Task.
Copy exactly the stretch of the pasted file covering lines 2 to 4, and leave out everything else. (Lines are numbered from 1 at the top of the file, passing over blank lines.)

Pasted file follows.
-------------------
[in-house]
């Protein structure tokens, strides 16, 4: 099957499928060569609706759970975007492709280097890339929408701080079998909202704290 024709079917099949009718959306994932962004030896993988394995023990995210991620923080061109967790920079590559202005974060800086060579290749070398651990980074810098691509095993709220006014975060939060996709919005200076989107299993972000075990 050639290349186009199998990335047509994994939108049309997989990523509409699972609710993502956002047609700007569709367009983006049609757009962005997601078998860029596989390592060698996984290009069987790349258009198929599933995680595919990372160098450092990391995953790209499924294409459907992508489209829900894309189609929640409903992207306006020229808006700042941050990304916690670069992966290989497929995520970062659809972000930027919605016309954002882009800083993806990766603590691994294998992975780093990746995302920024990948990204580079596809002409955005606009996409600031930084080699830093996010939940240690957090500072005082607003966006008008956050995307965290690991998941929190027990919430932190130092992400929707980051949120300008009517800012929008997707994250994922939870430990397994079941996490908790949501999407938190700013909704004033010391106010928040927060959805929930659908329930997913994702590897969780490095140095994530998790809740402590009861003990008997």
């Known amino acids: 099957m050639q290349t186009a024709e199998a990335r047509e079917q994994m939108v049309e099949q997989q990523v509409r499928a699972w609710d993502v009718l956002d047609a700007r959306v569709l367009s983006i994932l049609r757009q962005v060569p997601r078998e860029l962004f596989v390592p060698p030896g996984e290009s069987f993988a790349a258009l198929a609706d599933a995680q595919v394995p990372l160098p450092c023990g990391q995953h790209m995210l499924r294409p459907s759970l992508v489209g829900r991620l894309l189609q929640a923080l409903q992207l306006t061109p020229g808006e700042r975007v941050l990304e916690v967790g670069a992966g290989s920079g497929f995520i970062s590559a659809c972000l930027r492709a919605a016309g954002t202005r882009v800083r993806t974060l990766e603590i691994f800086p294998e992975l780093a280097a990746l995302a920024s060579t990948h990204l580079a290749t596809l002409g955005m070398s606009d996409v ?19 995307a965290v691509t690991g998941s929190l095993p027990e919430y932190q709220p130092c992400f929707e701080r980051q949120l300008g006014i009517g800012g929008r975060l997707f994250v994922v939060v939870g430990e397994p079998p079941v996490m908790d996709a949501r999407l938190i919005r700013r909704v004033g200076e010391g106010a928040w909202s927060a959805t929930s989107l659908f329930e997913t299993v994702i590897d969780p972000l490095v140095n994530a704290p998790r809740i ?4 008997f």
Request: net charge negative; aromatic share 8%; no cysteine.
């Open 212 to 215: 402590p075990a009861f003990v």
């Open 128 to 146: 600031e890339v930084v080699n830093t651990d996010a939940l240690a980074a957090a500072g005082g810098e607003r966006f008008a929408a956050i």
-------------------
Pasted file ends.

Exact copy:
């Protein structure tokens, strides 16, 4: 099957499928060569609706759970975007492709280097890339929408701080079998909202704290 024709079917099949009718959306994932962004030896993988394995023990995210991620923080061109967790920079590559202005974060800086060579290749070398651990980074810098691509095993709220006014975060939060996709919005200076989107299993972000075990 050639290349186009199998990335047509994994939108049309997989990523509409699972609710993502956002047609700007569709367009983006049609757009962005997601078998860029596989390592060698996984290009069987790349258009198929599933995680595919990372160098450092990391995953790209499924294409459907992508489209829900894309189609929640409903992207306006020229808006700042941050990304916690670069992966290989497929995520970062659809972000930027919605016309954002882009800083993806990766603590691994294998992975780093990746995302920024990948990204580079596809002409955005606009996409600031930084080699830093996010939940240690957090500072005082607003966006008008956050995307965290690991998941929190027990919430932190130092992400929707980051949120300008009517800012929008997707994250994922939870430990397994079941996490908790949501999407938190700013909704004033010391106010928040927060959805929930659908329930997913994702590897969780490095140095994530998790809740402590009861003990008997």
């Known amino acids: 099957m050639q290349t186009a024709e199998a990335r047509e079917q994994m939108v049309e099949q997989q990523v509409r499928a699972w609710d993502v009718l956002d047609a700007r959306v569709l367009s983006i994932l049609r757009q962005v060569p997601r078998e860029l962004f596989v390592p060698p030896g996984e290009s069987f993988a790349a258009l198929a609706d599933a995680q595919v394995p990372l160098p450092c023990g990391q995953h790209m995210l499924r294409p459907s759970l992508v489209g829900r991620l894309l189609q929640a923080l409903q992207l306006t061109p020229g808006e700042r975007v941050l990304e916690v967790g670069a992966g290989s920079g497929f995520i970062s590559a659809c972000l930027r492709a919605a016309g954002t202005r882009v800083r993806t974060l990766e603590i691994f800086p294998e992975l780093a280097a990746l995302a920024s060579t990948h990204l580079a290749t596809l002409g955005m070398s606009d996409v ?19 995307a965290v691509t690991g998941s929190l095993p027990e919430y932190q709220p130092c992400f929707e701080r980051q949120l300008g006014i009517g800012g929008r975060l997707f994250v994922v939060v939870g430990e397994p079998p079941v996490m908790d996709a949501r999407l938190i919005r700013r909704v004033g200076e010391g106010a928040w909202s927060a959805t929930s989107l659908f329930e997913t299993v994702i590897d969780p972000l490095v140095n994530a704290p998790r809740i ?4 008997f």
Request: net charge negative; aromatic share 8%; no cysteine.